Why do you call yourself old, just because you reach your fifties or sixties, age is a mind set. I am 59, started playing disc golf twenty-two months ago, Itry to play at least one round every day I'm not working, if I don't play I practice.  I started with most of my discs in the 170 class, I now have most of my drivers in the 150 class, mid range and putters still in the 170 class, weather I play good or bad getting out and playing is what keeps you young.  My drives are 275 to 300 ft., don't let the younger player have all the fun.  A normal Sunday I try to play at least 54 holes depending on the weather, other days if I dont play I practice for an hour or more.  Keep trying different disc and different weights. You can play this sport till you drop, ignore the minor aches and pains, the more you play the better you will feel. There is no need for different older players there is enough to choose from as it is.  Enjoy the game and live long. 
 

I am 55 years old, and my son started me playing last July.  So this discussion has been around longer then I've been playing. 

My only complaint about being an older player is that I wish my son and his friends would stop suggesting I start from the women’s' tees.  Ok, that is where I throw most of my second shots from anyway, but still a little respect wouldn't hurt.

Well...............Stretch before playing. Warming up a little bit before playing the course helps. Try to play catch with someone too.

Practice Putting if a Putting Basket is available. 

Don't play more rounds than you are able to.

There are no women's tees in disc golf, only tees designed to challenge different levels of player skills. A shorter tee is usually, but not always, designed for players who are newer and developing skills.
Great line in the movie"Despicable Me" by the character Gru to his scientist.."why you so old"..makes me laugh thinking of all the scenario one could apply this line.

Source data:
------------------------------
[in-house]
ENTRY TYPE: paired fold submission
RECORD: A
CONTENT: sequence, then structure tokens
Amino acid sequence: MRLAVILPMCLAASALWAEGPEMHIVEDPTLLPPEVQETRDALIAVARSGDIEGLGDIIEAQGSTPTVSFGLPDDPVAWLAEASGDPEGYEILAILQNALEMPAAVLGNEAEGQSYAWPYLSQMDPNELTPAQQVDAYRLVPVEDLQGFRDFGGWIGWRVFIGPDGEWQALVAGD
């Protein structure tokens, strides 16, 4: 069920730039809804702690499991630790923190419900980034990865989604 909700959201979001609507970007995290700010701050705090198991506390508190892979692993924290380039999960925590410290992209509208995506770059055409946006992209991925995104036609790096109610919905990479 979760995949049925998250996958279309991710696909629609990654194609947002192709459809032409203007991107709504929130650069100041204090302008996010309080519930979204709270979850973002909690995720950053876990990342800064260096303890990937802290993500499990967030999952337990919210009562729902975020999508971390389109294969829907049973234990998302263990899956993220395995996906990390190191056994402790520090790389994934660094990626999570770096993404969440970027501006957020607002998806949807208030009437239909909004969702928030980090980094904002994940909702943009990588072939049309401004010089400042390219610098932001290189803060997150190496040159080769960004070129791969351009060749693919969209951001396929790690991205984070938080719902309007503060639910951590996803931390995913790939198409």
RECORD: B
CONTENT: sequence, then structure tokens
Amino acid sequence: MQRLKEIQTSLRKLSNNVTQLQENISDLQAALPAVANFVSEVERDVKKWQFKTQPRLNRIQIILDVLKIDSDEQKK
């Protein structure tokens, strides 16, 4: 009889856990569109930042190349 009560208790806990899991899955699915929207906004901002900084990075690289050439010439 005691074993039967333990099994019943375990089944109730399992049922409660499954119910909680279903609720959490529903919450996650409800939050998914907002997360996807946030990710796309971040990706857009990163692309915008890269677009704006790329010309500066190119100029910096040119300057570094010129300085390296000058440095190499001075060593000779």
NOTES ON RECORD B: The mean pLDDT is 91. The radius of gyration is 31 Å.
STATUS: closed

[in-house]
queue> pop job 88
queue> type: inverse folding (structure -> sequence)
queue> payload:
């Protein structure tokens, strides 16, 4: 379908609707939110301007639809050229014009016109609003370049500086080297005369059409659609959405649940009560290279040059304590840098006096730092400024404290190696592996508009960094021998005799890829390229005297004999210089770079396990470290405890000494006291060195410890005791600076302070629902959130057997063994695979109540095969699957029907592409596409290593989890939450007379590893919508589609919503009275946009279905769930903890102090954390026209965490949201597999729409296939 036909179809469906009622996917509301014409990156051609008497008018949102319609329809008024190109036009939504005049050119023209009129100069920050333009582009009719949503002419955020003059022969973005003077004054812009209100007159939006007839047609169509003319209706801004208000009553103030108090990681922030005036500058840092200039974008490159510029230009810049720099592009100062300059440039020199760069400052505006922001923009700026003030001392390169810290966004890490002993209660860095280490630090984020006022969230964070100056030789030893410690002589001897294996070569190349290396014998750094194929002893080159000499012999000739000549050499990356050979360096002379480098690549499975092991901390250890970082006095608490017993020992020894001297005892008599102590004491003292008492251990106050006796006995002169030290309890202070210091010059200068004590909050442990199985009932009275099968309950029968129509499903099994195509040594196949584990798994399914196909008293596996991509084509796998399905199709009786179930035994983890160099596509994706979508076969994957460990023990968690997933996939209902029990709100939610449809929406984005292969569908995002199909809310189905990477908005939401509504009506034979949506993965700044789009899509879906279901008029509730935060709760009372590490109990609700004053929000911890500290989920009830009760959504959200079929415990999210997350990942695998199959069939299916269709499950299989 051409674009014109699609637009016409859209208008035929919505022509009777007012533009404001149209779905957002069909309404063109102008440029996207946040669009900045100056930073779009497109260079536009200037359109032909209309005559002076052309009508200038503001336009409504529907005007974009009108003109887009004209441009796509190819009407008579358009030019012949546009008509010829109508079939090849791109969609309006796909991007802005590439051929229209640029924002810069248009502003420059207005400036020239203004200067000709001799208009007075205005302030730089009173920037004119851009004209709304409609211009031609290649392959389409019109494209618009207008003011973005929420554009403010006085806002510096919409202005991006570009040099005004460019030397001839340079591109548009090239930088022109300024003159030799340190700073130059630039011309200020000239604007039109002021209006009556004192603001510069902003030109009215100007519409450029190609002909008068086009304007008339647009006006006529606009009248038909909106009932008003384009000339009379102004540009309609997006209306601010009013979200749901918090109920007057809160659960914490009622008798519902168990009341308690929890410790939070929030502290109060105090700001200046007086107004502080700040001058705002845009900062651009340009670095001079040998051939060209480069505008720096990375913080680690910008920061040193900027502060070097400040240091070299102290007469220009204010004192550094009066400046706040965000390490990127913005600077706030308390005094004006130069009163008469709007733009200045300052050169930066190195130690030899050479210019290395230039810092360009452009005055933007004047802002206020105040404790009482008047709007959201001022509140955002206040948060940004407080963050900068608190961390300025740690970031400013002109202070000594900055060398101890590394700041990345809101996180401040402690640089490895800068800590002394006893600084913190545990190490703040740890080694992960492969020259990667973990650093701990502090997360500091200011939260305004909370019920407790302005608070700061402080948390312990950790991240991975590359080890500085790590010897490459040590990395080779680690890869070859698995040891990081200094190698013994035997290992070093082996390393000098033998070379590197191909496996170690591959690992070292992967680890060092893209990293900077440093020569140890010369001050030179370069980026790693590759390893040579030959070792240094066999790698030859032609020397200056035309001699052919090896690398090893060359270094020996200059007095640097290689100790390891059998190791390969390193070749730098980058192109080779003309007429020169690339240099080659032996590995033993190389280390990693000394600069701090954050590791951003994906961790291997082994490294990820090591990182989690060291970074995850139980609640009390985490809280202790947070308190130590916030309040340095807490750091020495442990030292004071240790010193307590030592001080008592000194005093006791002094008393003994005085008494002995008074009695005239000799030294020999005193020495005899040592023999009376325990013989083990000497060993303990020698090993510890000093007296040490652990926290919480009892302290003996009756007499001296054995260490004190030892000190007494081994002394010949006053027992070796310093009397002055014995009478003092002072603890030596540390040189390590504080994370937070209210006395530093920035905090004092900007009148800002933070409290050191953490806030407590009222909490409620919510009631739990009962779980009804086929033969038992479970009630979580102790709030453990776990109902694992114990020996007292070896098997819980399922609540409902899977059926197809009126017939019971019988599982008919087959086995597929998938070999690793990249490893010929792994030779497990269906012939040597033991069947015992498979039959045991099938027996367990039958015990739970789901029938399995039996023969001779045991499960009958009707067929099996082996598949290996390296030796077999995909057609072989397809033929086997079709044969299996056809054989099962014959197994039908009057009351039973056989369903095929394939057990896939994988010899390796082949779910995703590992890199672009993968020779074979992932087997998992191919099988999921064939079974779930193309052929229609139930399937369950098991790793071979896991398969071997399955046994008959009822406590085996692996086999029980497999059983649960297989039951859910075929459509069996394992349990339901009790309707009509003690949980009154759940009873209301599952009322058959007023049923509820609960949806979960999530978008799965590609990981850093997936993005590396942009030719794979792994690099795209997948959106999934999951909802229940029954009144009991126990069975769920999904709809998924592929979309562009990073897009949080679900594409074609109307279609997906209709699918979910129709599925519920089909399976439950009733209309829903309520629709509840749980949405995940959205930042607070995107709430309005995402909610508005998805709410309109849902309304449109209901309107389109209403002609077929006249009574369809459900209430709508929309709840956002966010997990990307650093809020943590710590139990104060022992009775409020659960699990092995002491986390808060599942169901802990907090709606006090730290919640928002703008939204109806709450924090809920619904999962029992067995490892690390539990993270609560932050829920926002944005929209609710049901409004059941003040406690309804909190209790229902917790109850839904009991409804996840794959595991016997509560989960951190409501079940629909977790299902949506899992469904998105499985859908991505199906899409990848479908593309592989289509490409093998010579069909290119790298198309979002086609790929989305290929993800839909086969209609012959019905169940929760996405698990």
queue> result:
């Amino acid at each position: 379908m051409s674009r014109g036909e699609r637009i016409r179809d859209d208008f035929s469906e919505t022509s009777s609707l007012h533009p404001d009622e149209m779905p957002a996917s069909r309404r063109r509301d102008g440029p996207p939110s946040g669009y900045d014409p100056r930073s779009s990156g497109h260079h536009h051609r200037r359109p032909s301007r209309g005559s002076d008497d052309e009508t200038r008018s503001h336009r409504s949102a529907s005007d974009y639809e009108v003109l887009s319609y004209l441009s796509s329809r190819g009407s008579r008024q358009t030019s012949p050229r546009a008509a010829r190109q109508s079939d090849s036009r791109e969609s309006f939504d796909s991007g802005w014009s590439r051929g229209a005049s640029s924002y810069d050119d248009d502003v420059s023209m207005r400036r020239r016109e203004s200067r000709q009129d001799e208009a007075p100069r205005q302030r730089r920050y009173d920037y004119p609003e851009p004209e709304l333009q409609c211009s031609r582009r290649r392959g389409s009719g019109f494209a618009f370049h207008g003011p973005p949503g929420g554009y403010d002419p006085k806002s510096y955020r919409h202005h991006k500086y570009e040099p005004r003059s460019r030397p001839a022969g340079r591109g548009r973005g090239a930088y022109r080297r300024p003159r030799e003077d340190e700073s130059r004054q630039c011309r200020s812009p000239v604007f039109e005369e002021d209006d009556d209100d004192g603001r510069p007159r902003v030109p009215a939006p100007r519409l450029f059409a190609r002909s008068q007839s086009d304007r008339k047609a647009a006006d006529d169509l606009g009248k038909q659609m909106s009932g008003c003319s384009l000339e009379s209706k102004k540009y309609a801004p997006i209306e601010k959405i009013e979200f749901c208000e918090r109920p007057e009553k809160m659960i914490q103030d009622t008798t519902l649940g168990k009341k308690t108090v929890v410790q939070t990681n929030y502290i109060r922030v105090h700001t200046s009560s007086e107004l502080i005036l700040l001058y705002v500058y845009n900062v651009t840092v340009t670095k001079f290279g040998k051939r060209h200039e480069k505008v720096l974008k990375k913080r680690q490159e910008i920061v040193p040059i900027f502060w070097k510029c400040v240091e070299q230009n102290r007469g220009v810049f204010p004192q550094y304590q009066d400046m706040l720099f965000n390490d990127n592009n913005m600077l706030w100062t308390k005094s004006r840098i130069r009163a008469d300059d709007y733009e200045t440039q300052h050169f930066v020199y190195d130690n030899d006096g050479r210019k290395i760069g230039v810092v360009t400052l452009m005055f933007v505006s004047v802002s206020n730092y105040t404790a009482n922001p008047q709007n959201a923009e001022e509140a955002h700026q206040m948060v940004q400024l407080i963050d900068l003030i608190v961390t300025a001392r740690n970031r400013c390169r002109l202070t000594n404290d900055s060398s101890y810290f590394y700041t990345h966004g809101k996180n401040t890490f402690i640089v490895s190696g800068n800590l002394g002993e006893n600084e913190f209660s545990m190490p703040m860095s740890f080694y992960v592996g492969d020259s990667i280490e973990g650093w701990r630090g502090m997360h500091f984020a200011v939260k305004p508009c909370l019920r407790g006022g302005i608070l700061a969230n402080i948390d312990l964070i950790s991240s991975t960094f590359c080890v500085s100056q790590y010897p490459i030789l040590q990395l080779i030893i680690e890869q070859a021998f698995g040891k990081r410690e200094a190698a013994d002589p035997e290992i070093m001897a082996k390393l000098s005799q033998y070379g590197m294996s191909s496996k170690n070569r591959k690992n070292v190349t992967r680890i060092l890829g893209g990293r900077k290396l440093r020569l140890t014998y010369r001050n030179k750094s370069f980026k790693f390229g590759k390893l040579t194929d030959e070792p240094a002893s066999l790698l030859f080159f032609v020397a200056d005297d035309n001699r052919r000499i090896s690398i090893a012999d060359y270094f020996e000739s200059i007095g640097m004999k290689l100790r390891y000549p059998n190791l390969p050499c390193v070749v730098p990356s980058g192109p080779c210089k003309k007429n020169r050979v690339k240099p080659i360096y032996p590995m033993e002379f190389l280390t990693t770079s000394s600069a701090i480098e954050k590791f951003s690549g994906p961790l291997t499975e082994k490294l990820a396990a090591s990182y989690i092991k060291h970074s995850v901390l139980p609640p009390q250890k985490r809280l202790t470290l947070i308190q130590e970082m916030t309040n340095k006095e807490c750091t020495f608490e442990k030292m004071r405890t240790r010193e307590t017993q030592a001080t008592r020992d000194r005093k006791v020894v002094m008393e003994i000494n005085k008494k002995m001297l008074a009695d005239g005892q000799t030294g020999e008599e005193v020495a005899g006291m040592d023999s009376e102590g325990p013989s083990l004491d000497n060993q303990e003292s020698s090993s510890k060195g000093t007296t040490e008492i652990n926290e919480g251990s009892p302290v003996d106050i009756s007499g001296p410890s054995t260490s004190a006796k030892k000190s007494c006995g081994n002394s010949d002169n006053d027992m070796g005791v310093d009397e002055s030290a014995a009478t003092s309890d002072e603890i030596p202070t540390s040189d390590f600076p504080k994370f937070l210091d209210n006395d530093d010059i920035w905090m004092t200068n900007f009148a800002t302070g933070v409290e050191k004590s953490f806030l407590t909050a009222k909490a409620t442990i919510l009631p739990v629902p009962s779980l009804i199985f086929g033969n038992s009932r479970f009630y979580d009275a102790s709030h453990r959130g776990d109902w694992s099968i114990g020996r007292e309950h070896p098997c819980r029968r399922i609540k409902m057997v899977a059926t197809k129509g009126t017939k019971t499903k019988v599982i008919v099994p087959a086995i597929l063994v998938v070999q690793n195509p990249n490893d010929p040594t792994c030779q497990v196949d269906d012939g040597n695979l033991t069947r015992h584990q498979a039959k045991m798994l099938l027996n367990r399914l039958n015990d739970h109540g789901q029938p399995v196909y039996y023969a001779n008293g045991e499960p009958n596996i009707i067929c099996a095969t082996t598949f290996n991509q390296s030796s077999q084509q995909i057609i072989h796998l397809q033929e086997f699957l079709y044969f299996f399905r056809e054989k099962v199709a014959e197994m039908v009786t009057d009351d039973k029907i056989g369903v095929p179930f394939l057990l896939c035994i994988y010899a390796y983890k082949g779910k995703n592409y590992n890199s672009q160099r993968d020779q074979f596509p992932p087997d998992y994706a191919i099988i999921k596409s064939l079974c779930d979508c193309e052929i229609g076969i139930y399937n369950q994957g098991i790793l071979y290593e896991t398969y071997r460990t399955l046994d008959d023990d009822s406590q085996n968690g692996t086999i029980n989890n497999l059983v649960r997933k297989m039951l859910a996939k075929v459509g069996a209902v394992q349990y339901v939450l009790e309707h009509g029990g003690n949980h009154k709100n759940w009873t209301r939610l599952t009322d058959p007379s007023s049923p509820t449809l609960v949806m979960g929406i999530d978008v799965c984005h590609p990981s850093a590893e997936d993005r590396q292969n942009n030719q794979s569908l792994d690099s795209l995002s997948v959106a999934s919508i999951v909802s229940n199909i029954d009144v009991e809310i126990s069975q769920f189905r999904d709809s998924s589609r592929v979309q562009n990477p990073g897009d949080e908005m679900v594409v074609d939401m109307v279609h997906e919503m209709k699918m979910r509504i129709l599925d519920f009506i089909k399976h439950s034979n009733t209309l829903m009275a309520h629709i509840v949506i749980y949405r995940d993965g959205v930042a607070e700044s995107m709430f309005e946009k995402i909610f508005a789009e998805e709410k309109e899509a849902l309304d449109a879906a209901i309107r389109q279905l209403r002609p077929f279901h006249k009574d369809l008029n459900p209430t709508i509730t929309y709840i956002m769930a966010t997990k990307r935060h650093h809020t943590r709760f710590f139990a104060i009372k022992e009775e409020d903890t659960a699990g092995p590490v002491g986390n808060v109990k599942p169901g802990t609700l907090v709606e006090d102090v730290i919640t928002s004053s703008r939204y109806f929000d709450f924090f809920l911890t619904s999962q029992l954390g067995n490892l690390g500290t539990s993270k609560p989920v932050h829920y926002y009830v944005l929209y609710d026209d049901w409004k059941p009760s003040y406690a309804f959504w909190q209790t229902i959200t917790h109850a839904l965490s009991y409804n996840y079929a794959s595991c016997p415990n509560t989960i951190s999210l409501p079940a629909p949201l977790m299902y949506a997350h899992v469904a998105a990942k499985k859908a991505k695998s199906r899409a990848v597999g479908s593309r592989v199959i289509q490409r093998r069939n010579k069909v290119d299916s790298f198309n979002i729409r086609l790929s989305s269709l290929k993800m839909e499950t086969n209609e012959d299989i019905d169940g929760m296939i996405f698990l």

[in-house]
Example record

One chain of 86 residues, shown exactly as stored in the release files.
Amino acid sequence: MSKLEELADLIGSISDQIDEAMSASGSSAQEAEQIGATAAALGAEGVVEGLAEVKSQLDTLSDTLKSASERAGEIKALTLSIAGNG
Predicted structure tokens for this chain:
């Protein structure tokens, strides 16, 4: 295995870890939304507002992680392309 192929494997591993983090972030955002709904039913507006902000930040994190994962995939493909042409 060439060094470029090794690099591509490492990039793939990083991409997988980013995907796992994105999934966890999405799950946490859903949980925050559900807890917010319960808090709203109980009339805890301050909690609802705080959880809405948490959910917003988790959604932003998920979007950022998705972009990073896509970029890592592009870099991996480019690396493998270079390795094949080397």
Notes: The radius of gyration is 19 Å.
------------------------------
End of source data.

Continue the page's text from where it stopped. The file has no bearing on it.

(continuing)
I am 43 and by no means am I near being in shape, but that doesn't stop me. When I first started i had muscle soreness for about a month. Some of it had to do with being out of shape, but a lot of it had to do with poor form and or trying to do too much.

 

I play everyday during the week and twice on saturday. I have varied the discs that I throw to fit my style and strength and adjust that as I go. The game is great and I play with those younger and or better to up my game. Will play til I die.

Let me say this.  While I agree that "age" is merely6 a state of mind...there are certain physiological realities that older players must confront.  We are not going to "develop" a big arm.  Sure, we can master certain techniques that allow us to transcend our physical limitations....but lets be real and at least acknowledge that older muscles don't respond in quite the same way as younger muscles.  As for my approach to this wonderful sport, I know I cannot compete with stronger arms, so I practice my approach shots and my putting and those areas of my game keep me competitive.  All along, I was lamenting the fact that we haven't, as a community, articulated as to why this sport is beneficial to older golfers.  You can bet your ass that if you rely on a "long drive" strategy when you play, I'll beat you more often than not.  My putting is getting better and better.  I'm learning how important it is to make that second shot go close to the basket.  Anyway, I appreciate all of these relies.